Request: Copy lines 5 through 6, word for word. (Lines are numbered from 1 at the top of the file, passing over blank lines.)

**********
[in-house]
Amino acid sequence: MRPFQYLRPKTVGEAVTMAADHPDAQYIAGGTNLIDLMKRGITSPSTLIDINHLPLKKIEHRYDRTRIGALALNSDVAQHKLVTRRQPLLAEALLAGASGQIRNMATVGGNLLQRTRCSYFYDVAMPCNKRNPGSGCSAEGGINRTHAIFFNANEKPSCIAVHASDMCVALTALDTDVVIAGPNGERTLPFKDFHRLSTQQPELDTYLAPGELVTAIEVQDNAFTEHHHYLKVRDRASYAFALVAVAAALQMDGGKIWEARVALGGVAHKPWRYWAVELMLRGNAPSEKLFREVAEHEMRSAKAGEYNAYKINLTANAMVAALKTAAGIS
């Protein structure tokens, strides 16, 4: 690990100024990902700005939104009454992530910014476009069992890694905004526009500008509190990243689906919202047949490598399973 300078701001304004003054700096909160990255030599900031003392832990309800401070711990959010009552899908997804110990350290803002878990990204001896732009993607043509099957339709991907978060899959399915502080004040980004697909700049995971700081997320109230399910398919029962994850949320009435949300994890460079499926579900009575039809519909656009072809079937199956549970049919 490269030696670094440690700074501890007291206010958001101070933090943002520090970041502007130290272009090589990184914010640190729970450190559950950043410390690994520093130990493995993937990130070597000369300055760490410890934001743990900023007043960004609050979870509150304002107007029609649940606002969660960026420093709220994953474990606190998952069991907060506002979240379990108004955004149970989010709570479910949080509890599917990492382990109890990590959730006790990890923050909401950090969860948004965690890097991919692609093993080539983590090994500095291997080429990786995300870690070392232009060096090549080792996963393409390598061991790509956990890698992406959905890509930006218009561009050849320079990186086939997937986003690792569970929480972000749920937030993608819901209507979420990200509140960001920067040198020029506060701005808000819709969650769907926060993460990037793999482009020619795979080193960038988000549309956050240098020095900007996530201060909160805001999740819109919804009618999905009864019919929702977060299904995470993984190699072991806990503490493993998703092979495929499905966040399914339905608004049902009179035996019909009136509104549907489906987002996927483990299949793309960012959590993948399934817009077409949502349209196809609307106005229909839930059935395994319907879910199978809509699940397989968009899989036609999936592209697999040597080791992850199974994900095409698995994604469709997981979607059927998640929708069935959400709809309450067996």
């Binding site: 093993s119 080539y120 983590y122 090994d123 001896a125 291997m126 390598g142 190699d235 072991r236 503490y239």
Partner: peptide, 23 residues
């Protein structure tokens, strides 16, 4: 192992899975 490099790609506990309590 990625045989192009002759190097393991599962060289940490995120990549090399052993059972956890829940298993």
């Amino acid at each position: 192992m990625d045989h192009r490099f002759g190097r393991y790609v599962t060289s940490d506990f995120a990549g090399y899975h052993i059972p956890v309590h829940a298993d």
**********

Partner: peptide, 23 residues
């Protein structure tokens, strides 16, 4: 192992899975 490099790609506990309590 990625045989192009002759190097393991599962060289940490995120990549090399052993059972956890829940298993």